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One striking example of the Jihadists who were released by the Hariri government is Omar, who was arrested in 2004. He was accused of plotting to bomb western embassies. But he was released in 2005, along with other jihadists, at the same time as Samir Geagea, the leader of the right-wing Christian Lebanese Forces, who had been convicted of war crimes. The release of Omar and other jihadists was widely regarded at the time as an attempt to bolster the Sunni credentials of the Future Movement.
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JOE MACARON’s “The Saudi-Syrian Cold War Unfolds in Tripoli“, gives very good historical background to the North Lebanon problem. [I have one quibble. He writes: “Islamist Omar Bakri, who was able to escape British authorities, was released by Lebanese authorities and found a new home in Tripoli in August 2005.” Bakri left Britain On August 6, 2005 of his own free will following the London bombings. The Home Secretary later forbad him from returning from Lebanon. British Ambassador to Lebanon James Watt said, “We made no request for his arrest, nor for his extradition. As far as I am concerned, this is a very simple story — it is a Lebanese citizen who returned to Lebanon and has been arrested by the Lebanese police. We have nothing to do with it and it’s not in our place to comment on what has happened.” It would seem that Omar Bakri was detained for only a few days by the Lebanese authorities before he was released and took up residence in Tripoli.
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RIYADH (AFP)–Exiled Hamas supremo Khaled Meshaal has called for a thaw in ties between Saudi Arabia and Syria during a recent visit to Saudi Arabia, an Arab diplomat said Sunday.   “During meetings with Saudi officials, Meshaal raised the issue of Saudi-Syrian relations, which have long been tense, and stressed the importance of improving those ties,” the diplomat told AFP, requesting anonymity…..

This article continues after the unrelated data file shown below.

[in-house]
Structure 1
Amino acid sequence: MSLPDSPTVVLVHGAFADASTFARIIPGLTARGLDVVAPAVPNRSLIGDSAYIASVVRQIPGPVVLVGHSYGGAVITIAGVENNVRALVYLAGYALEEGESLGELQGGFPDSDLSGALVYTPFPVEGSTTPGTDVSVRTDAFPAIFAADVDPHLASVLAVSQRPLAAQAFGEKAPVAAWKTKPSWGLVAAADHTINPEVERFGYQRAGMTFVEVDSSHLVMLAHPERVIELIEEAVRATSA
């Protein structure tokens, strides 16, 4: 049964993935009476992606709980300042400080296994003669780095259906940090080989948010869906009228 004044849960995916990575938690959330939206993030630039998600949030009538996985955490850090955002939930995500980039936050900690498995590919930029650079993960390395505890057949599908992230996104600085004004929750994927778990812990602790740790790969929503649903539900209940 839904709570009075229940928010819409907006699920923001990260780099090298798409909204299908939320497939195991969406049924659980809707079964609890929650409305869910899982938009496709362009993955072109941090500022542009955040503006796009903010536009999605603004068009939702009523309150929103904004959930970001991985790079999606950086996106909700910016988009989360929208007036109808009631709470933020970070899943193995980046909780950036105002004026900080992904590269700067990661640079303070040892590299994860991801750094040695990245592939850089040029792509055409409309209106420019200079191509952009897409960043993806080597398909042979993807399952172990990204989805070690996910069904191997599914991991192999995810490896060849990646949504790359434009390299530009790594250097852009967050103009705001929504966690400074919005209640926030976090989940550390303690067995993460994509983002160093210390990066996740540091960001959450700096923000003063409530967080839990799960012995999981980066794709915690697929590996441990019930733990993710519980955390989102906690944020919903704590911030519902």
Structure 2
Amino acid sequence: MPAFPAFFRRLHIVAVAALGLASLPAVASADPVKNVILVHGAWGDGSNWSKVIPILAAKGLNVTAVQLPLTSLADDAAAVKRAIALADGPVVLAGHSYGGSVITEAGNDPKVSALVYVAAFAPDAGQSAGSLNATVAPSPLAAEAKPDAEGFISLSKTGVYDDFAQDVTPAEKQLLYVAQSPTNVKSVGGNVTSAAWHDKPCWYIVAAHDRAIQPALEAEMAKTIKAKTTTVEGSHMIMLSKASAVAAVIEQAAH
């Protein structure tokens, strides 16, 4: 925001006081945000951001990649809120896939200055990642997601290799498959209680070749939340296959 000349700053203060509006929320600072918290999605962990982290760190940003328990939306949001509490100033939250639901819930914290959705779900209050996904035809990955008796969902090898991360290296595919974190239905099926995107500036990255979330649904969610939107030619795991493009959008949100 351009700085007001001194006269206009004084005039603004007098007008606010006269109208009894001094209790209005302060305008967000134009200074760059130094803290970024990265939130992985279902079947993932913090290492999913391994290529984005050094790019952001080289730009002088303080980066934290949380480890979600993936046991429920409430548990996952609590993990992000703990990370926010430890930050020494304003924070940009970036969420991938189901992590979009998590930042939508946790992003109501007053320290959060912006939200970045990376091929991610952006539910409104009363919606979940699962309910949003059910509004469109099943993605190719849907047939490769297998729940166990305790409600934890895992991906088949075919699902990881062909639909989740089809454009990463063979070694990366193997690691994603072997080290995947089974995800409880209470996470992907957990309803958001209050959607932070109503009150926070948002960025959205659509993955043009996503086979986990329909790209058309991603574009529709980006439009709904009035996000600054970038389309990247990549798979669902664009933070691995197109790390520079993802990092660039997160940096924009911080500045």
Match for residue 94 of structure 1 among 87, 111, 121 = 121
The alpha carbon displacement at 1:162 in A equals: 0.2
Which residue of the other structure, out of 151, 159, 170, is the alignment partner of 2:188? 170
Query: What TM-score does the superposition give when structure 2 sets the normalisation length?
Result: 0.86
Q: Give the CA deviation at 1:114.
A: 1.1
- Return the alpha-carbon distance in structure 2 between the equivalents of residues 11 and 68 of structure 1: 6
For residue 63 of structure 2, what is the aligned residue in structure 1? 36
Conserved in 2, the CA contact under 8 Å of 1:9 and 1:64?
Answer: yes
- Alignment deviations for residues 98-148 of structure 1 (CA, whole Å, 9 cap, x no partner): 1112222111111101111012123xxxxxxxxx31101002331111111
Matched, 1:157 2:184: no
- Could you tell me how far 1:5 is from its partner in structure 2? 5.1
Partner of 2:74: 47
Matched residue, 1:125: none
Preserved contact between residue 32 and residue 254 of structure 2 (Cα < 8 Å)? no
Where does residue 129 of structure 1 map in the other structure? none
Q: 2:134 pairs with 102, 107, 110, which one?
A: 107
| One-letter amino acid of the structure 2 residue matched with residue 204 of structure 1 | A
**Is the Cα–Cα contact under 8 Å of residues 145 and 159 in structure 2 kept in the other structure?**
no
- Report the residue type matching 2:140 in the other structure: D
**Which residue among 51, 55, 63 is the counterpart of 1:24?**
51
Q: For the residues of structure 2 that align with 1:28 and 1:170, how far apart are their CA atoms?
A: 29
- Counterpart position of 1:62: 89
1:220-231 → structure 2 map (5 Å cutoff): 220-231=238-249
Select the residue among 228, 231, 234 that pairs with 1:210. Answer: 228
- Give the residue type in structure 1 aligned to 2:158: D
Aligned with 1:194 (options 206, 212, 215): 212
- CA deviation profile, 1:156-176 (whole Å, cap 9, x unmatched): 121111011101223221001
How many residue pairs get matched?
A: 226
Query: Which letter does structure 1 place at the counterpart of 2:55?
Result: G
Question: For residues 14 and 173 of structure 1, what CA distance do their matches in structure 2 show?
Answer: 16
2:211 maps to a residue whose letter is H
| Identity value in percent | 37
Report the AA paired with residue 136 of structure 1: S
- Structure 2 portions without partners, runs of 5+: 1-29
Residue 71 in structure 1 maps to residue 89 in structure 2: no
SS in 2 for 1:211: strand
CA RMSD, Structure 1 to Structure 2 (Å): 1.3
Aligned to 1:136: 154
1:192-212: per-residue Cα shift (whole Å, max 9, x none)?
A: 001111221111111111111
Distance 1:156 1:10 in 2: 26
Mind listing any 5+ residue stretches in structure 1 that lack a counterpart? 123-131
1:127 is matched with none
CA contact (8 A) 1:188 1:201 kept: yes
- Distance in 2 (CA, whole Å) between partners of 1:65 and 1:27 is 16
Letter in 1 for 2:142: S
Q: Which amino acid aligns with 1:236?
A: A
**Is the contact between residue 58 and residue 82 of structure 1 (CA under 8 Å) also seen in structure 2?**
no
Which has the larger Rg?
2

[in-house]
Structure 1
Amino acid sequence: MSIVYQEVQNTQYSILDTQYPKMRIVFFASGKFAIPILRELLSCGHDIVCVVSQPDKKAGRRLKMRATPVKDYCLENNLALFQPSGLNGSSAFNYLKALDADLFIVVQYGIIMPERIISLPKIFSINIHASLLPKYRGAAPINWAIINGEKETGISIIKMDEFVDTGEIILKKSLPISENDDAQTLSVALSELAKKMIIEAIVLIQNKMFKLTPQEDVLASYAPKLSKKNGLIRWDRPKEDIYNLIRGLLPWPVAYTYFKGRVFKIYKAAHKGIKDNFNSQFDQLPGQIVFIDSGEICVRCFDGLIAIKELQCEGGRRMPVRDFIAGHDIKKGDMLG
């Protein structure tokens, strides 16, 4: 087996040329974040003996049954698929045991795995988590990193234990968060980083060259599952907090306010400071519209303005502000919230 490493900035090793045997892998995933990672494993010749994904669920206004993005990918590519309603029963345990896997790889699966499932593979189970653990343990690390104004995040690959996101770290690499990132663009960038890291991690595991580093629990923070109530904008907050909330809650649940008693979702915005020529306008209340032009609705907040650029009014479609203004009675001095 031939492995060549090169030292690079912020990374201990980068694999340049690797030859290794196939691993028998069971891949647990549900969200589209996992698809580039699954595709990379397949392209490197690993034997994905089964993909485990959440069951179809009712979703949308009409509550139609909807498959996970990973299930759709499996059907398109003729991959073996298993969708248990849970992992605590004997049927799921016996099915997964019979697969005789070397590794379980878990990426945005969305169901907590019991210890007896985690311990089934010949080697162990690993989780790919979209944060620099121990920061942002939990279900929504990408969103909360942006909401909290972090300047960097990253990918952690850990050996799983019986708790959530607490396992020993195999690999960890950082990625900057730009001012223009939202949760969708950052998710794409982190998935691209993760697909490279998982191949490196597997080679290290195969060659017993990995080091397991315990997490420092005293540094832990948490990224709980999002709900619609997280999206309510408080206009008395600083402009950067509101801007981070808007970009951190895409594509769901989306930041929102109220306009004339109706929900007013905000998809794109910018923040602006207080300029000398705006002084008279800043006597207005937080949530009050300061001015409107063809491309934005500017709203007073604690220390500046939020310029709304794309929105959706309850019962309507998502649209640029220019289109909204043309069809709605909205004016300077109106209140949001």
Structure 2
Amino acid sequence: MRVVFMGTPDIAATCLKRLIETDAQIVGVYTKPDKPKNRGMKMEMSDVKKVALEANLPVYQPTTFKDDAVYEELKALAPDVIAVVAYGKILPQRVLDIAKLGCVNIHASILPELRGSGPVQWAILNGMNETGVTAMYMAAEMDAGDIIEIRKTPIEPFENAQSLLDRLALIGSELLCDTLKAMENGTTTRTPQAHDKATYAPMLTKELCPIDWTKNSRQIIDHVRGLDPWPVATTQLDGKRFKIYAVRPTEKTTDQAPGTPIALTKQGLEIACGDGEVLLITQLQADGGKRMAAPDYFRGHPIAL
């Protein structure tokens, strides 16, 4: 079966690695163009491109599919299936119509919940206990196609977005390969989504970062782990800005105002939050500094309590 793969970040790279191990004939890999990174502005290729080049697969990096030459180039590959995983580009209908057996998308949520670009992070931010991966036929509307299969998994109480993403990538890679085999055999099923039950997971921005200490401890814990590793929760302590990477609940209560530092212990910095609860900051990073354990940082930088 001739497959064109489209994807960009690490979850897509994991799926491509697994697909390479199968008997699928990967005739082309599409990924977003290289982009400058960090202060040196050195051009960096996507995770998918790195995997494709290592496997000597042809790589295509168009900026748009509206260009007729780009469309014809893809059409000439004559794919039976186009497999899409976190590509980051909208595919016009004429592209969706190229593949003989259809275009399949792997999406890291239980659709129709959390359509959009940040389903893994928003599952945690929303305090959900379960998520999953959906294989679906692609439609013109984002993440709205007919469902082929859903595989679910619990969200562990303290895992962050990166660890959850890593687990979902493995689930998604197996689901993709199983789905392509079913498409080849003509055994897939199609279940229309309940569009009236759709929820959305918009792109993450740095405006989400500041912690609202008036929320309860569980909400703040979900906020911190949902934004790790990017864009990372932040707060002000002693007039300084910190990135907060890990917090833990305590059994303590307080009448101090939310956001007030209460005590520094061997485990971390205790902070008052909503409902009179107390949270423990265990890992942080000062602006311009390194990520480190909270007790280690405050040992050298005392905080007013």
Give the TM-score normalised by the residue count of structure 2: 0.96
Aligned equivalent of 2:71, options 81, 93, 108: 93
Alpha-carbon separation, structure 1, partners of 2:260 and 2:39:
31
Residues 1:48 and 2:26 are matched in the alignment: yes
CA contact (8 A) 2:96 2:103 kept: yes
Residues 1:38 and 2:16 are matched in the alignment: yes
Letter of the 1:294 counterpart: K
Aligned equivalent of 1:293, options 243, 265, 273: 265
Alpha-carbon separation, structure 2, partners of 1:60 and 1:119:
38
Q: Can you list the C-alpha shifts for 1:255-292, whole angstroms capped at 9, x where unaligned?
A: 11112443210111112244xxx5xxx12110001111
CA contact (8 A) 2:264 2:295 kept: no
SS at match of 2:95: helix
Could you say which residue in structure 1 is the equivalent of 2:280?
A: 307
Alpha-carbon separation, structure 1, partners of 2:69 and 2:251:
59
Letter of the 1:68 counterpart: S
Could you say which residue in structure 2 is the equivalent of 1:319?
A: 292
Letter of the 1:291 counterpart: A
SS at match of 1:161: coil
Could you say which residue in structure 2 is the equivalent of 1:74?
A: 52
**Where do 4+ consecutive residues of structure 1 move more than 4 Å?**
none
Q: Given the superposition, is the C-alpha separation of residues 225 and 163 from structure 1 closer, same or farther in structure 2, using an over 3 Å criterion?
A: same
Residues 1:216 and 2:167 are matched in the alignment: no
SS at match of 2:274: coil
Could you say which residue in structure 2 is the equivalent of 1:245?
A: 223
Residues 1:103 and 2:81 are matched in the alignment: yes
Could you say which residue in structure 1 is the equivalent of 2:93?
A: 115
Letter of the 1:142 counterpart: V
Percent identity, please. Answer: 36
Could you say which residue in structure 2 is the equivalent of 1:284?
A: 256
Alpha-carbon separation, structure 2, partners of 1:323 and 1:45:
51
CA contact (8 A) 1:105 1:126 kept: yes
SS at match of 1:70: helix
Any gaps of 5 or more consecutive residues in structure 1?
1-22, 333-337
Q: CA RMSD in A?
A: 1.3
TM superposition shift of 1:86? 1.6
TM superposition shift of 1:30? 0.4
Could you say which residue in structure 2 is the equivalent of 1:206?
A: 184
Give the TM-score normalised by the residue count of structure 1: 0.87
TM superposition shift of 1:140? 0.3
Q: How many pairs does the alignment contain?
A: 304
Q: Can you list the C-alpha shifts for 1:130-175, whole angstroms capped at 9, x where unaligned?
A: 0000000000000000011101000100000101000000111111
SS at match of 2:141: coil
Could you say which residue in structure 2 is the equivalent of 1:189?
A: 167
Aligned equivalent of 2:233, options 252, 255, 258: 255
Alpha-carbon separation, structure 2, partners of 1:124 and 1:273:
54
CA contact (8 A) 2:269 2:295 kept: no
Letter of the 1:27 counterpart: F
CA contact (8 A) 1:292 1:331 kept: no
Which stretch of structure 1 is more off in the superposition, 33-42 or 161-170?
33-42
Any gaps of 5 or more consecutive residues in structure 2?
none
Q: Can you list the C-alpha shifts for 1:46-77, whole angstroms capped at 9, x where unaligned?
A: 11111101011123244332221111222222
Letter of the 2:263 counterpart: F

The head of the Palestinian Islamist Hamas also met in Mecca with Lebanese Prime Minister Fuad Siniora, the Arab diplomat said.

Israelis Wary of a US Radar Base in the Negev
By Tim McGirk and Aaron J. Klein / Jerusalem: Time, Thursday, Oct. 02, 2008

Meshaal also met with Egyptian intelligence chief Omar Suleiman for talks on Cairo’s efforts to broker a reconciliation between Hamas and the rival Fatah party of Palestinian president Mahmud Abbas, the diplomat added.

Cheyenne Mountain’s NORAD, the central collection and coordination center for a worldwide system of satellites, radars, and other early warning systems watching for threats to North American security from both aircraft and ballistic missiles. George Steinmetz / Corbis

When a contingent of U.S. soldiers opens a radar facility on a mountaintop in the Negev desert next month, Israel will for the first time in its 60-year history have a permanent foreign military base on its soil. And despite the early warning that the American radar would provide if Iran launches a missile attack on Israel, some senior Israeli officials are nonetheless wary about its presence. Complained one top official, “It’s a like a pair of golden handcuffs on Israel.”